Housing market's upswing at risk of collapsing
Home sales are sliding, prices are stalling, and foreclosures are rising. And mortgage rates are likely to go up after next week when the Federal Reserve ends a program that has driven them down.
The trend could threaten the broader economy, economists warn. People whose home equity is stagnant or shrinking are less likely to spend freely.
In a move that will help at least some homeowners avoid foreclosure, Bank of America unveiled a $3 billion plan Wednesday to help some of its most troubled borrowers. It said it will forgive up to 30 percent of their total mortgage balance. About 45,000 borrowers are expected to qualify, the bank said.
The plan is part of an agreement the bank reached in 2008 with state attorneys general involving high-risk loans made by Countrywide Financial Corp. before Bank of America acquired it.
It's the first time a lender has announced a broad plan to reduce the principal when home values drop well below the amount owed. Bank of America collects more Americans' home loan payments than any other company.
As the housing market sputters, manufacturing remains a source of strength for the economic recovery. Orders for big-ticket manufactured goods rose for a third straight month in February, bolstered by demand for commercial aircraft and machinery. The Commerce Department said Wednesday that orders for durable goods rose 0.5 percent last month.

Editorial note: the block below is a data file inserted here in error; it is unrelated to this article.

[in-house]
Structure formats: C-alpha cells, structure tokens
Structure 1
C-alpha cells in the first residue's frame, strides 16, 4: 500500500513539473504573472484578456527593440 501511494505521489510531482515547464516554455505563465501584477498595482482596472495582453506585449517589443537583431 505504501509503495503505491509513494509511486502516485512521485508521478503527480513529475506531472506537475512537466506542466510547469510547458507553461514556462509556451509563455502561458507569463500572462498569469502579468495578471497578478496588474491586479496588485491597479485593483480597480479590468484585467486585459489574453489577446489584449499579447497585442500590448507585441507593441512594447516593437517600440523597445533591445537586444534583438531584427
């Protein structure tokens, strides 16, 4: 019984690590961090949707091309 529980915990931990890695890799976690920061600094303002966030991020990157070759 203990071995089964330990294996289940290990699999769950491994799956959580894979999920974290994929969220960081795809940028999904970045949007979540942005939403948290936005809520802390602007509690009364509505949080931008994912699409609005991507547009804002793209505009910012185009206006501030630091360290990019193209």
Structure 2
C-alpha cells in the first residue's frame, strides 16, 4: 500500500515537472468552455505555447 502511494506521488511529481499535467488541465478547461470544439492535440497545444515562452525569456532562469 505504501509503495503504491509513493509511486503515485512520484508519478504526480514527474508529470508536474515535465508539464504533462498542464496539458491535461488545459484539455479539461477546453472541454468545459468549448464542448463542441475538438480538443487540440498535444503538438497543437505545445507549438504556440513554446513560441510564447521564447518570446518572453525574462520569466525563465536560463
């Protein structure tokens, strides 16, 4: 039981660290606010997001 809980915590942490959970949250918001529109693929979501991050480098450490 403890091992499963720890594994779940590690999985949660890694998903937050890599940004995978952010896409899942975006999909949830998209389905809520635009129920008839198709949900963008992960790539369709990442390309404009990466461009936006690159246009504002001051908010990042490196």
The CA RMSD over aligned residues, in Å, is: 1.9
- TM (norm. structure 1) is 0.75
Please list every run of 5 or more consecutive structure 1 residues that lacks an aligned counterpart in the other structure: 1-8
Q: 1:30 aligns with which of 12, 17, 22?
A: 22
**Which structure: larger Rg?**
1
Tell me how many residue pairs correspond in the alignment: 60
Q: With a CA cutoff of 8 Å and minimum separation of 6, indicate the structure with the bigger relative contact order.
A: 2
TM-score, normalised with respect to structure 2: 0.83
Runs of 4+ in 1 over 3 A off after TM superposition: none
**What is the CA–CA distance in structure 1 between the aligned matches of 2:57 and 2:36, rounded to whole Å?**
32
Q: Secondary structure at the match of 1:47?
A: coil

Only a few months ago, the housing market had been showing signs of strength as it recovered from the most painful downturn in decades. Much of the improvement, though, came from government programs that held down mortgage rates and provided breaks for buyers.
The latest sour news came Wednesday, when the Commerce Department said sales of new homes fell last month to their lowest point on record. It was the fourth straight drop.
While bad weather could well have suppressed the February result, it was dismal no matter how one tries to slice and dice it, Joshua Shapiro, an economist at MFR, wrote.
To cope with falling demand, the industry has slashed the pace of construction. But thousands of foreclosed homes have been dumped on the market at bargain prices. That glut makes it hard for builders to compete.
On Wall Street, major stock indexes fell from their 2010 highs as the weakness in the housing market and rising European debt loads revived investors' pessimistic view of the economy.
Read More: Houston Chronicle, Housing Business